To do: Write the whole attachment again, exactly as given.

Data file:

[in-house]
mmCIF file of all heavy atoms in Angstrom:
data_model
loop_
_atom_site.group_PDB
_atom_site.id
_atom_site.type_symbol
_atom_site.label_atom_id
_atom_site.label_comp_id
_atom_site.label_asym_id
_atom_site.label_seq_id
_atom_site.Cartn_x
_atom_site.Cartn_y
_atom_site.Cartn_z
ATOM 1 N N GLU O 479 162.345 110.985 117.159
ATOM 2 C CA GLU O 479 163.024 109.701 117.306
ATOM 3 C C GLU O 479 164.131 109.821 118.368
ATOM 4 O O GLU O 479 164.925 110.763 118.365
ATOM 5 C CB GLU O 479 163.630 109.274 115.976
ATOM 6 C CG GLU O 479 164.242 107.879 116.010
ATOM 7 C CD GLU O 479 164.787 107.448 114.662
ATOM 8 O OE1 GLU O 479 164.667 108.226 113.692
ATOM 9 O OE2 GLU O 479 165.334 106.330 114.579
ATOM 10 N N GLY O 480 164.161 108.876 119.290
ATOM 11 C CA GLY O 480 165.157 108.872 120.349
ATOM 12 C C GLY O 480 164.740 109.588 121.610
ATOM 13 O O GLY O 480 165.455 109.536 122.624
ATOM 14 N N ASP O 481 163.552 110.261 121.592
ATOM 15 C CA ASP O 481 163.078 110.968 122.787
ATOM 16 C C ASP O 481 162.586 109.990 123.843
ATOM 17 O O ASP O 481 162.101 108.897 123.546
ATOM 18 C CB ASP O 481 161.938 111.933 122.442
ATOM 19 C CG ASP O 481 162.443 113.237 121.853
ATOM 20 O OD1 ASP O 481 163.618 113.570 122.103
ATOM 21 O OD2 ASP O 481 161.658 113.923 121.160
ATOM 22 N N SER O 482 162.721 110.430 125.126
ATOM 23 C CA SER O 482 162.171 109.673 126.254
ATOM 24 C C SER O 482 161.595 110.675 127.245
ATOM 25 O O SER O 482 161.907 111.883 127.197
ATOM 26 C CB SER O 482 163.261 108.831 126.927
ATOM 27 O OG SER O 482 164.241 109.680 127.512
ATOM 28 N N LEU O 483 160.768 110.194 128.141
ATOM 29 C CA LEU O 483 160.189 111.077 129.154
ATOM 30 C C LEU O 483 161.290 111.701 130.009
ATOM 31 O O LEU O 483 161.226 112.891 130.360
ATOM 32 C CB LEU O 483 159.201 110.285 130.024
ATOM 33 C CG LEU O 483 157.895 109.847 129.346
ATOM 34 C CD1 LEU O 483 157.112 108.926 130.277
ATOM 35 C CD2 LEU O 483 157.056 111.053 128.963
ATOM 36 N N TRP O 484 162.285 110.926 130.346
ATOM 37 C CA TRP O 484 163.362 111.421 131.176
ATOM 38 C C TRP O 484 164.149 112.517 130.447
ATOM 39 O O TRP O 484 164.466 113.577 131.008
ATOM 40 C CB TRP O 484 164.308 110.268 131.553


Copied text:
[in-house]
mmCIF file of all heavy atoms in Angstrom:
data_model
loop_
_atom_site.group_PDB
_atom_site.id
_atom_site.type_symbol
_atom_site.label_atom_id
_atom_site.label_comp_id
_atom_site.label_asym_id
_atom_site.label_seq_id
_atom_site.Cartn_x
_atom_site.Cartn_y
_atom_site.Cartn_z
ATOM 1 N N GLU O 479 162.345 110.985 117.159
ATOM 2 C CA GLU O 479 163.024 109.701 117.306
ATOM 3 C C GLU O 479 164.131 109.821 118.368
ATOM 4 O O GLU O 479 164.925 110.763 118.365
ATOM 5 C CB GLU O 479 163.630 109.274 115.976
ATOM 6 C CG GLU O 479 164.242 107.879 116.010
ATOM 7 C CD GLU O 479 164.787 107.448 114.662
ATOM 8 O OE1 GLU O 479 164.667 108.226 113.692
ATOM 9 O OE2 GLU O 479 165.334 106.330 114.579
ATOM 10 N N GLY O 480 164.161 108.876 119.290
ATOM 11 C CA GLY O 480 165.157 108.872 120.349
ATOM 12 C C GLY O 480 164.740 109.588 121.610
ATOM 13 O O GLY O 480 165.455 109.536 122.624
ATOM 14 N N ASP O 481 163.552 110.261 121.592
ATOM 15 C CA ASP O 481 163.078 110.968 122.787
ATOM 16 C C ASP O 481 162.586 109.990 123.843
ATOM 17 O O ASP O 481 162.101 108.897 123.546
ATOM 18 C CB ASP O 481 161.938 111.933 122.442
ATOM 19 C CG ASP O 481 162.443 113.237 121.853
ATOM 20 O OD1 ASP O 481 163.618 113.570 122.103
ATOM 21 O OD2 ASP O 481 161.658 113.923 121.160
ATOM 22 N N SER O 482 162.721 110.430 125.126
ATOM 23 C CA SER O 482 162.171 109.673 126.254
ATOM 24 C C SER O 482 161.595 110.675 127.245
ATOM 25 O O SER O 482 161.907 111.883 127.197
ATOM 26 C CB SER O 482 163.261 108.831 126.927
ATOM 27 O OG SER O 482 164.241 109.680 127.512
ATOM 28 N N LEU O 483 160.768 110.194 128.141
ATOM 29 C CA LEU O 483 160.189 111.077 129.154
ATOM 30 C C LEU O 483 161.290 111.701 130.009
ATOM 31 O O LEU O 483 161.226 112.891 130.360
ATOM 32 C CB LEU O 483 159.201 110.285 130.024
ATOM 33 C CG LEU O 483 157.895 109.847 129.346
ATOM 34 C CD1 LEU O 483 157.112 108.926 130.277
ATOM 35 C CD2 LEU O 483 157.056 111.053 128.963
ATOM 36 N N TRP O 484 162.285 110.926 130.346
ATOM 37 C CA TRP O 484 163.362 111.421 131.176
ATOM 38 C C TRP O 484 164.149 112.517 130.447
ATOM 39 O O TRP O 484 164.466 113.577 131.008
ATOM 40 C CB TRP O 484 164.308 110.268 131.553